Layout and Design

The layout and design of your camper van will determine how functional and comfortable it will be relative to your usage scenarios. A camper van for a family used on weekends will look completely different than a van for a single person living in it full-time. 

You need to think about sleeping arrangements, cooking facilities, shower, toilet, heating, windows and lighting, or storage space. The geographic area where you drive and the seasons when you use it will influence how you lay everything out. The design is highly individual and refers to the colours and materials that you use. 

For Fred, we followed the Mediterranean Van style invented by PortCamper. This is characterised by bright and friendly colours and the usage of lots of wood. Fred comes with a fixed kitchen including a fridge and sink and a portable gas cooker, which you can use to cook outside too. The bench in the back can be converted to a bed that sleeps two people comfortably. An extra mattress can be placed on the front row to sleep a child. 

Plumbing and Water System

Installing plumbing and water systems is an essential part of any camper van conversion. The possibilities are endless. That is why it is so important to be very clear about your usage scenarios for the van. Everything from no running water to a fully-fledged water system with fresh- and grey water tanks and pumps is possible. Your desired level of comfort, space, and budget are your limiting factors.

For Fred I decided to install a fixed fresh water tank of 40 liters that can be filled from the outside and a grey water tank underneath the car. The build of this was more expensive but easier to use with less margin to mess up things than with portable water tanks. Everything is automatic. A pump drives water to the kitchen sink or the shower.

Rent My Van: Fred - The Wellbeing Van

Sanitary Equipment 

Most camper vans of this type (L1H1) often do not have any sort of sanitary equipment. This makes the build obviously easier and cheaper and you gain extra space. But it substantially limits your comfort. It sucks when you constantly have to look out for possibilities to use a shower or a toilet. 

There are lots of possibilities – often creative, often super weird. Fred offers an easy-to-use outdoor shower together with a foldable shower cabin, and a portable camping toilet (a “poty”) with a flush. This is the perfect trade-off of just enough comfort and saving space.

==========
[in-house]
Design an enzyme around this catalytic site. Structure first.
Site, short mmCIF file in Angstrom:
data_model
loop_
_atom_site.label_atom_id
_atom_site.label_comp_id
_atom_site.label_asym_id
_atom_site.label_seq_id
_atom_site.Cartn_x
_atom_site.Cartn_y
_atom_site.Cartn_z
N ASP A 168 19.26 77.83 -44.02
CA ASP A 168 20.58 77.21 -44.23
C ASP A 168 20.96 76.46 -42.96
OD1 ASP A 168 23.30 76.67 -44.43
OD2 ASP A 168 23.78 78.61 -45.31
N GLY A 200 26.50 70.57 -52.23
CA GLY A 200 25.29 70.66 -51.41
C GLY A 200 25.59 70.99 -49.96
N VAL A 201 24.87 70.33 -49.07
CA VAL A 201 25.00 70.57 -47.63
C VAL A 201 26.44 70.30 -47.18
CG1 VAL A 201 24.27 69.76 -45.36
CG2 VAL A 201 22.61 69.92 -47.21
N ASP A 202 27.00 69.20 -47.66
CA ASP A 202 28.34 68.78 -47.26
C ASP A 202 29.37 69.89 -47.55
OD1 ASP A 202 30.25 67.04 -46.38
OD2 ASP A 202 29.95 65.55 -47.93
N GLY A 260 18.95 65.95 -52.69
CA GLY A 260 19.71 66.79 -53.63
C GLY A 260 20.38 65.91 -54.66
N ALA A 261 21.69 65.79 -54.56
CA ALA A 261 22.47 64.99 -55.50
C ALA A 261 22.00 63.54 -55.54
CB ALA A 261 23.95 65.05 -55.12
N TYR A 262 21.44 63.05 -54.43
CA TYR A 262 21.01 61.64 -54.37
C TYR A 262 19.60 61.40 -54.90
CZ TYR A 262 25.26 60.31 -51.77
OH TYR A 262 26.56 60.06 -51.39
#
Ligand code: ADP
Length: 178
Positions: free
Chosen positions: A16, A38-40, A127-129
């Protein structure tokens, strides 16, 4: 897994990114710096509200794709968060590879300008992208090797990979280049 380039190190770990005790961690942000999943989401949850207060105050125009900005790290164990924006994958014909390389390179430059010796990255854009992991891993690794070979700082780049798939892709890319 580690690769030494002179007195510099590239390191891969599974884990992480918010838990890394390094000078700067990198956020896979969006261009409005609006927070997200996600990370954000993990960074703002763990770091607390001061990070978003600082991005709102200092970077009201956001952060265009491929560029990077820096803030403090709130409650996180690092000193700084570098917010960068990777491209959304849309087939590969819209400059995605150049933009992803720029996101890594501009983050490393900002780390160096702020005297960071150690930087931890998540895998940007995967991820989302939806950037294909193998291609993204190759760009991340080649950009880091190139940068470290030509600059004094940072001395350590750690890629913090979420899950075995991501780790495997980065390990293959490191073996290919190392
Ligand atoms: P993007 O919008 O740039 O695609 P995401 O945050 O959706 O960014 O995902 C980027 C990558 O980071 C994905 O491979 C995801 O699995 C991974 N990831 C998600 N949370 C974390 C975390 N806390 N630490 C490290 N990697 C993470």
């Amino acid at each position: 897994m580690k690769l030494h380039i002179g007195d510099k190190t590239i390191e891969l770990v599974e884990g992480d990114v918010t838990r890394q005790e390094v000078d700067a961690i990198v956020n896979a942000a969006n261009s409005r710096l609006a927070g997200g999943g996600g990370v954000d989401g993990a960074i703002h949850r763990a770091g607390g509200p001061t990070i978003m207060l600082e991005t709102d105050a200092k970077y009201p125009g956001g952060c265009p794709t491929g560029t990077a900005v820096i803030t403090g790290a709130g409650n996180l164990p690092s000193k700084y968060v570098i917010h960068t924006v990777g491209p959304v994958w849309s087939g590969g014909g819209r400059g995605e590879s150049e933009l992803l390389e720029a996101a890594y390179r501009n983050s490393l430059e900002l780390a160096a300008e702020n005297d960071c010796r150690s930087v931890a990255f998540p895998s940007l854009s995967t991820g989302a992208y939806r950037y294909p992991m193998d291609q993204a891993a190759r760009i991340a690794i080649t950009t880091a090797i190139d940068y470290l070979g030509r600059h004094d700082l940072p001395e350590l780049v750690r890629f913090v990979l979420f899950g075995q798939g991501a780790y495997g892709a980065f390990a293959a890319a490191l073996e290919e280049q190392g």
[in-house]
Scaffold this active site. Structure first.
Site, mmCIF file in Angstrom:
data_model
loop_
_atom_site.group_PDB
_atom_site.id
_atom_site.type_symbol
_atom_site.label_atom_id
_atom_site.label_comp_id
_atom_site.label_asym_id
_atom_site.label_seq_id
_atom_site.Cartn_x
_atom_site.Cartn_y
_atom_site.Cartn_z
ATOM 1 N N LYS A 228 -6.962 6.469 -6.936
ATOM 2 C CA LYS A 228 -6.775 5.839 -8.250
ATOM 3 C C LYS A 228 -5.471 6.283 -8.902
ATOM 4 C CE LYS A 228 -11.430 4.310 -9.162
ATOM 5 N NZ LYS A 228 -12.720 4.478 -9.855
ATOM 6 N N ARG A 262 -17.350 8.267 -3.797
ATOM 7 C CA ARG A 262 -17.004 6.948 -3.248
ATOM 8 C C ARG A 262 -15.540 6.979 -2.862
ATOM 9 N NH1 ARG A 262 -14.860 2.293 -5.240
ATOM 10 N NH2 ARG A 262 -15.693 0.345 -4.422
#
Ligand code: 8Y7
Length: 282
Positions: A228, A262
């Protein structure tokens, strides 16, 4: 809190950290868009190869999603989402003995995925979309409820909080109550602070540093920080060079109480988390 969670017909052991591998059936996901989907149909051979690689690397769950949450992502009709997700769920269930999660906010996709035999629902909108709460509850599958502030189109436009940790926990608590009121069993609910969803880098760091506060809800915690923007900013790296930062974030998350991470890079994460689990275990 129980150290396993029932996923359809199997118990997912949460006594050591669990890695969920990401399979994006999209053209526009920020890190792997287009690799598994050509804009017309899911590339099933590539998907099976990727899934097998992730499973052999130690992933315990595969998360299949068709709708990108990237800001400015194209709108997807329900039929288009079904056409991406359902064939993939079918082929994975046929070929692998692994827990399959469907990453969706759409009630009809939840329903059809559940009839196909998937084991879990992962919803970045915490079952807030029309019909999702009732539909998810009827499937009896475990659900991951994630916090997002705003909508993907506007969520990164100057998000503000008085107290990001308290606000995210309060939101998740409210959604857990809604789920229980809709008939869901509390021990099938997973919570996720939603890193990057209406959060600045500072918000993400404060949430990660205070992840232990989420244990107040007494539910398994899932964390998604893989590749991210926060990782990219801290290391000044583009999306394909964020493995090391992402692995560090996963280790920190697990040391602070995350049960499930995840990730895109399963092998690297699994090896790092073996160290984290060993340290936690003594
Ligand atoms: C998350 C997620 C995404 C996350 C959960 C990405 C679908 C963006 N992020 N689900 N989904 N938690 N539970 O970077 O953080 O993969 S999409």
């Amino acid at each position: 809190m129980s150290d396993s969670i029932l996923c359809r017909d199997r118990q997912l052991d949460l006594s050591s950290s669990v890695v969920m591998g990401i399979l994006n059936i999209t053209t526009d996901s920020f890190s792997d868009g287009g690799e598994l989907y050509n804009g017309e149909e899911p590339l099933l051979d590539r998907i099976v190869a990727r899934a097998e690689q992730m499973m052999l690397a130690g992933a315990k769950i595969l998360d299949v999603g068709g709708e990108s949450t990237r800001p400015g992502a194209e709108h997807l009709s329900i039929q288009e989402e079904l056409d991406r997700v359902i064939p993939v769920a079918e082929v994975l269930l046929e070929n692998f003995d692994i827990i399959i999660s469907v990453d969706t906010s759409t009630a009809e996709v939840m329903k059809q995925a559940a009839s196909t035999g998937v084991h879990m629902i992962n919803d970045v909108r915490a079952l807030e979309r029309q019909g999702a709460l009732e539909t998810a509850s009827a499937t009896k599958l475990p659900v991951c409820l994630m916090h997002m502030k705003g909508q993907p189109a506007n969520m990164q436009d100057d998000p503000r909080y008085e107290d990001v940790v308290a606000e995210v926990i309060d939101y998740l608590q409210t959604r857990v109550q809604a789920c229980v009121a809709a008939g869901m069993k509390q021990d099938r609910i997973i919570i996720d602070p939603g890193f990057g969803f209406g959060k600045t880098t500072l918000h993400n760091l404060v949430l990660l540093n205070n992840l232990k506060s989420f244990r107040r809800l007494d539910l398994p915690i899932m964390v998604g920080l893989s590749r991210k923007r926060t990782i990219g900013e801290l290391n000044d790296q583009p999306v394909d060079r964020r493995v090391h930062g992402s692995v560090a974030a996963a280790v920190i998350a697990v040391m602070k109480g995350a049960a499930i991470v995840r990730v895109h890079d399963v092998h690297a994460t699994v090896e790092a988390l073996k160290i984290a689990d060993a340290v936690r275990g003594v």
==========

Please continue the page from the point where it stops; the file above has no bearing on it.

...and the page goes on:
Electrical System

Installing a basic electrical system in my experience is a must for every van build. These will power your lights, fridge, laptop, phone charger, and any other appliances you may have. Important decisions revolve around 220V vs 12V circuits, solar panels, and additional battery.

We equipped Fred with a top-notch electrical system. Fred is fully autonomous. The extra battery is powered by always-on solar panels. If we don’t have enough sun, the battery can be charged by an external connector to a power supply or by driving. Fred offers 12V USB plugs as well as 220V sockets powered by an inverter.  

Heating, Insulation, and Ventilation

Insulating your camper van will help keep you warm in cold weather and cool in hot weather. Proper ventilation is also important to prevent condensation and improve air quality inside the van. Windows, roof vents, or fans should be placed strategically to improve airflow. A heating is a nice-to-have depending on when and where you use the camper.

For Fred I decided to use the biggest possible windows on both sides and a roof window directly over the bed. This maximises airflow. The roof window has the added benefit that you can watch the stars in bed. 

Because I intend to rent out Fred all year long, we also installed a heating that is directly connected to the Diesel tank. This is straightforward to operate and extremely energy efficient. Fred is based in Barcelona, Spain, which has a great climate but may be a bit chilly in winter time.